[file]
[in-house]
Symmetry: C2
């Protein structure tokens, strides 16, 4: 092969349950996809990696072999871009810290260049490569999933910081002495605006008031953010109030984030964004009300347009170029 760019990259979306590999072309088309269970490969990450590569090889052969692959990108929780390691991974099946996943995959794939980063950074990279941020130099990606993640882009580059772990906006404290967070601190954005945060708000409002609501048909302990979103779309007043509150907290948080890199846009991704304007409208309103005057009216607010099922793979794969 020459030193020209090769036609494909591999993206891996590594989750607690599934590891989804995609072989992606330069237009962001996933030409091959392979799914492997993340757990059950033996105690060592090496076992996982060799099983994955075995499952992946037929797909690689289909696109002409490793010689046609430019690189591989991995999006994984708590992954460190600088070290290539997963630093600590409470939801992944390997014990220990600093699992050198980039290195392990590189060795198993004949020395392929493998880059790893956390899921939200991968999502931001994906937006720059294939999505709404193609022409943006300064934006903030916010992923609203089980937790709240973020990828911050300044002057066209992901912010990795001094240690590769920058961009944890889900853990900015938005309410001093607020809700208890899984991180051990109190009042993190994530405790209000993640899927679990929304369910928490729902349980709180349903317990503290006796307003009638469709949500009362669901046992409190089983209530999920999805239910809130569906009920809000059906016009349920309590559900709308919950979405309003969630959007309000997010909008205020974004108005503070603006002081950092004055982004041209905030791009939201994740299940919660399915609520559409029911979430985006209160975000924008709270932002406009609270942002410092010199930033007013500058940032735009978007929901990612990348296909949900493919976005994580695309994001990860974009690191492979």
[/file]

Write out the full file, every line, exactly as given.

[in-house]
Symmetry: C2
């Protein structure tokens, strides 16, 4: 092969349950996809990696072999871009810290260049490569999933910081002495605006008031953010109030984030964004009300347009170029 760019990259979306590999072309088309269970490969990450590569090889052969692959990108929780390691991974099946996943995959794939980063950074990279941020130099990606993640882009580059772990906006404290967070601190954005945060708000409002609501048909302990979103779309007043509150907290948080890199846009991704304007409208309103005057009216607010099922793979794969 020459030193020209090769036609494909591999993206891996590594989750607690599934590891989804995609072989992606330069237009962001996933030409091959392979799914492997993340757990059950033996105690060592090496076992996982060799099983994955075995499952992946037929797909690689289909696109002409490793010689046609430019690189591989991995999006994984708590992954460190600088070290290539997963630093600590409470939801992944390997014990220990600093699992050198980039290195392990590189060795198993004949020395392929493998880059790893956390899921939200991968999502931001994906937006720059294939999505709404193609022409943006300064934006903030916010992923609203089980937790709240973020990828911050300044002057066209992901912010990795001094240690590769920058961009944890889900853990900015938005309410001093607020809700208890899984991180051990109190009042993190994530405790209000993640899927679990929304369910928490729902349980709180349903317990503290006796307003009638469709949500009362669901046992409190089983209530999920999805239910809130569906009920809000059906016009349920309590559900709308919950979405309003969630959007309000997010909008205020974004108005503070603006002081950092004055982004041209905030791009939201994740299940919660399915609520559409029911979430985006209160975000924008709270932002406009609270942002410092010199930033007013500058940032735009978007929901990612990348296909949900493919976005994580695309994001990860974009690191492979």